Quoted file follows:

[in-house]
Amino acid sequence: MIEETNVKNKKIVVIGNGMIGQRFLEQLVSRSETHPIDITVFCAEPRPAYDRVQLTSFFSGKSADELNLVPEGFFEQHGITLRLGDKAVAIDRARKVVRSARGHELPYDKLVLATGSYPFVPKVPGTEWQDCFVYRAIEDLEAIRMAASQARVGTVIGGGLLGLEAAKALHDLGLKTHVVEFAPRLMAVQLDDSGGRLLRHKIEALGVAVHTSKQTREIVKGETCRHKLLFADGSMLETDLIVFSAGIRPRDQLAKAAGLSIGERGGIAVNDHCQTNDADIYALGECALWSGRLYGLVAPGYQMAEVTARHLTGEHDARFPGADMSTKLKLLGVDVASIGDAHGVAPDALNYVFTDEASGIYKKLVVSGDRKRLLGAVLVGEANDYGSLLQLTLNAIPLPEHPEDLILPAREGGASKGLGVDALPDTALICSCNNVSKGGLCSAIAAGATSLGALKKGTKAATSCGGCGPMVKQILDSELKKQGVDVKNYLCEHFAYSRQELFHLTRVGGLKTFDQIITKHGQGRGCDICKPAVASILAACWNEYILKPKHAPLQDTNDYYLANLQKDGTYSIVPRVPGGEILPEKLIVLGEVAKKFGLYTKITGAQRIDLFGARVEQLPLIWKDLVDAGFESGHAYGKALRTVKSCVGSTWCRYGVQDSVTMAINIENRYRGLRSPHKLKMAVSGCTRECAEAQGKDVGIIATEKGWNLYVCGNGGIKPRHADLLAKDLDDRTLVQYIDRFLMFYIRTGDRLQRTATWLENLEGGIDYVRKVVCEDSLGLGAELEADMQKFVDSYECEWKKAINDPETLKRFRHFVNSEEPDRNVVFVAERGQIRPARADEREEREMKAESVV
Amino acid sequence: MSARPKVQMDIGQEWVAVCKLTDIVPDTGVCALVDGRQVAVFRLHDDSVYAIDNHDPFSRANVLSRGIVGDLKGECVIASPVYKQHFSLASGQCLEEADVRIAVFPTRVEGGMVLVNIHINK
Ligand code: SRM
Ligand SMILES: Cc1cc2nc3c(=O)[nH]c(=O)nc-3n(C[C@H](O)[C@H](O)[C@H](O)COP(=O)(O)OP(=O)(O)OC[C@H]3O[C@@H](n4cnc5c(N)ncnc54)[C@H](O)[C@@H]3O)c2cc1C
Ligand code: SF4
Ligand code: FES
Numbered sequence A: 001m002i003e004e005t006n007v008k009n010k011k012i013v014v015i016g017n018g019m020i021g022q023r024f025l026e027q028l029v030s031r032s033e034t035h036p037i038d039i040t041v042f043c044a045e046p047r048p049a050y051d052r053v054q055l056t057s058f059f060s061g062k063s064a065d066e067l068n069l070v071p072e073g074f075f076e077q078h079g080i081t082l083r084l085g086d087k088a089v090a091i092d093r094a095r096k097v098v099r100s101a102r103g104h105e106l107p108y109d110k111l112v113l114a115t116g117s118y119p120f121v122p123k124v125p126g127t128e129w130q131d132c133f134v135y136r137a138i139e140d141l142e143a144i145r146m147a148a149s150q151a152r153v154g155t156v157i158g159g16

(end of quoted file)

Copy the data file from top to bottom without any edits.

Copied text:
[in-house]
Amino acid sequence: MIEETNVKNKKIVVIGNGMIGQRFLEQLVSRSETHPIDITVFCAEPRPAYDRVQLTSFFSGKSADELNLVPEGFFEQHGITLRLGDKAVAIDRARKVVRSARGHELPYDKLVLATGSYPFVPKVPGTEWQDCFVYRAIEDLEAIRMAASQARVGTVIGGGLLGLEAAKALHDLGLKTHVVEFAPRLMAVQLDDSGGRLLRHKIEALGVAVHTSKQTREIVKGETCRHKLLFADGSMLETDLIVFSAGIRPRDQLAKAAGLSIGERGGIAVNDHCQTNDADIYALGECALWSGRLYGLVAPGYQMAEVTARHLTGEHDARFPGADMSTKLKLLGVDVASIGDAHGVAPDALNYVFTDEASGIYKKLVVSGDRKRLLGAVLVGEANDYGSLLQLTLNAIPLPEHPEDLILPAREGGASKGLGVDALPDTALICSCNNVSKGGLCSAIAAGATSLGALKKGTKAATSCGGCGPMVKQILDSELKKQGVDVKNYLCEHFAYSRQELFHLTRVGGLKTFDQIITKHGQGRGCDICKPAVASILAACWNEYILKPKHAPLQDTNDYYLANLQKDGTYSIVPRVPGGEILPEKLIVLGEVAKKFGLYTKITGAQRIDLFGARVEQLPLIWKDLVDAGFESGHAYGKALRTVKSCVGSTWCRYGVQDSVTMAINIENRYRGLRSPHKLKMAVSGCTRECAEAQGKDVGIIATEKGWNLYVCGNGGIKPRHADLLAKDLDDRTLVQYIDRFLMFYIRTGDRLQRTATWLENLEGGIDYVRKVVCEDSLGLGAELEADMQKFVDSYECEWKKAINDPETLKRFRHFVNSEEPDRNVVFVAERGQIRPARADEREEREMKAESVV
Amino acid sequence: MSARPKVQMDIGQEWVAVCKLTDIVPDTGVCALVDGRQVAVFRLHDDSVYAIDNHDPFSRANVLSRGIVGDLKGECVIASPVYKQHFSLASGQCLEEADVRIAVFPTRVEGGMVLVNIHINK
Ligand code: SRM
Ligand SMILES: Cc1cc2nc3c(=O)[nH]c(=O)nc-3n(C[C@H](O)[C@H](O)[C@H](O)COP(=O)(O)OP(=O)(O)OC[C@H]3O[C@@H](n4cnc5c(N)ncnc54)[C@H](O)[C@@H]3O)c2cc1C
Ligand code: SF4
Ligand code: FES
Numbered sequence A: 001m002i003e004e005t006n007v008k009n010k011k012i013v014v015i016g017n018g019m020i021g022q023r024f025l026e027q028l029v030s031r032s033e034t035h036p037i038d039i040t041v042f043c044a045e046p047r048p049a050y051d052r053v054q055l056t057s058f059f060s061g062k063s064a065d066e067l068n069l070v071p072e073g074f075f076e077q078h079g080i081t082l083r084l085g086d087k088a089v090a091i092d093r094a095r096k097v098v099r100s101a102r103g104h105e106l107p108y109d110k111l112v113l114a115t116g117s118y119p120f121v122p123k124v125p126g127t128e129w130q131d132c133f134v135y136r137a138i139e140d141l142e143a144i145r146m147a148a149s150q151a152r153v154g155t156v157i158g159g16